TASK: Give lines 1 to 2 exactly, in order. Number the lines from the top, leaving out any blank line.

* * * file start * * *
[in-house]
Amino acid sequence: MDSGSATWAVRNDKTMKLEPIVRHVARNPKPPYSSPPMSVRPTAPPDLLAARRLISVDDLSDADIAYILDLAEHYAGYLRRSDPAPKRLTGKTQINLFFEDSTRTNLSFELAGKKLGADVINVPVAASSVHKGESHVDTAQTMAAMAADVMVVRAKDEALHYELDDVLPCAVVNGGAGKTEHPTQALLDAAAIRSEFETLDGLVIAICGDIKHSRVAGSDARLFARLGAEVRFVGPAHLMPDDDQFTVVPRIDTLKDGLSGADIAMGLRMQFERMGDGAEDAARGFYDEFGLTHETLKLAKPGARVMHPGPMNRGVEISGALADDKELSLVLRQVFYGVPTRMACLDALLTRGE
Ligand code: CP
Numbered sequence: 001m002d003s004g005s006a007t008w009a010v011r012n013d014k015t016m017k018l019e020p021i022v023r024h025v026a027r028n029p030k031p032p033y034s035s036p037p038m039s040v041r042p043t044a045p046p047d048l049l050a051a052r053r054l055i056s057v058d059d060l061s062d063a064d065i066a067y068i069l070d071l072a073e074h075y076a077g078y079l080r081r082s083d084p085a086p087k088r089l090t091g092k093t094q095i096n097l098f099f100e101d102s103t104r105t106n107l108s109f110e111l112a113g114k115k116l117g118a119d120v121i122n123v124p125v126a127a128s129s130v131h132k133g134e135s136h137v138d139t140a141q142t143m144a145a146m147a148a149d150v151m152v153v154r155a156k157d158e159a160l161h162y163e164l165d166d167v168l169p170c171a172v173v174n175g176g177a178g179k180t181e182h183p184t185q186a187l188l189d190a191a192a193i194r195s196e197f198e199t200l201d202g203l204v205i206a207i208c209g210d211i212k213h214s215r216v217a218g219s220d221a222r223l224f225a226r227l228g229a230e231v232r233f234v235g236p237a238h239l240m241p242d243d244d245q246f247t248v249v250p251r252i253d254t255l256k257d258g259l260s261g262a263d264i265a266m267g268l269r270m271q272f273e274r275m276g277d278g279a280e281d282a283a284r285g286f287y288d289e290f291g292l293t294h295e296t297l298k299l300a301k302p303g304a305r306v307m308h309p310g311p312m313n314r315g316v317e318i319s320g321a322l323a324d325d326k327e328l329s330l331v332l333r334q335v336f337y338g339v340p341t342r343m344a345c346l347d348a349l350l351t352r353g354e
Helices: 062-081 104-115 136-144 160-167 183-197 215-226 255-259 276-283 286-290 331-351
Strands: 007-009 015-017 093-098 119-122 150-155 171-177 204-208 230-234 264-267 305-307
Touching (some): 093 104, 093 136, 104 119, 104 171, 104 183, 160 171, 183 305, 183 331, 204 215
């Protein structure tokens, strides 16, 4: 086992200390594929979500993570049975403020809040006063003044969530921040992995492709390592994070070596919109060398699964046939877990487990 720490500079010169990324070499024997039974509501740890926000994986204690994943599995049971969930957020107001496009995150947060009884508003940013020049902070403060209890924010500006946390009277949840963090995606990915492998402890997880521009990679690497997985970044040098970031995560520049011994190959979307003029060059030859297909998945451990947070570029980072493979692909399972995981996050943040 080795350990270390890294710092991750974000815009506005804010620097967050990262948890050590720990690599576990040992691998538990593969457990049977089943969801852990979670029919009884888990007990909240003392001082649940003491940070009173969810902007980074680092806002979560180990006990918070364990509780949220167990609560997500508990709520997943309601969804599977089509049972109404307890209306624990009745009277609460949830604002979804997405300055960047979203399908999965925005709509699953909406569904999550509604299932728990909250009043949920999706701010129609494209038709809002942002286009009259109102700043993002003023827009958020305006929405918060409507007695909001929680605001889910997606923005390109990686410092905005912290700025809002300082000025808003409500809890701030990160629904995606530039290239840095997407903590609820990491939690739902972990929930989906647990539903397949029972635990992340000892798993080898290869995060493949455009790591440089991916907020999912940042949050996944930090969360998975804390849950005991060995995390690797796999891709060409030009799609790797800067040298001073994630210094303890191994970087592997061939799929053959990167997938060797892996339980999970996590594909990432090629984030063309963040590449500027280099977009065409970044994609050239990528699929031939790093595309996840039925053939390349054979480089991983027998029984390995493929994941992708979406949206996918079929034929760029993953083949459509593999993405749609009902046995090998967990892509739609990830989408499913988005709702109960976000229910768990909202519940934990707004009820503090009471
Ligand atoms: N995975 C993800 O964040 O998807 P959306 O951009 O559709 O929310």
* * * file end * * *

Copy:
[in-house]
Amino acid sequence: MDSGSATWAVRNDKTMKLEPIVRHVARNPKPPYSSPPMSVRPTAPPDLLAARRLISVDDLSDADIAYILDLAEHYAGYLRRSDPAPKRLTGKTQINLFFEDSTRTNLSFELAGKKLGADVINVPVAASSVHKGESHVDTAQTMAAMAADVMVVRAKDEALHYELDDVLPCAVVNGGAGKTEHPTQALLDAAAIRSEFETLDGLVIAICGDIKHSRVAGSDARLFARLGAEVRFVGPAHLMPDDDQFTVVPRIDTLKDGLSGADIAMGLRMQFERMGDGAEDAARGFYDEFGLTHETLKLAKPGARVMHPGPMNRGVEISGALADDKELSLVLRQVFYGVPTRMACLDALLTRGE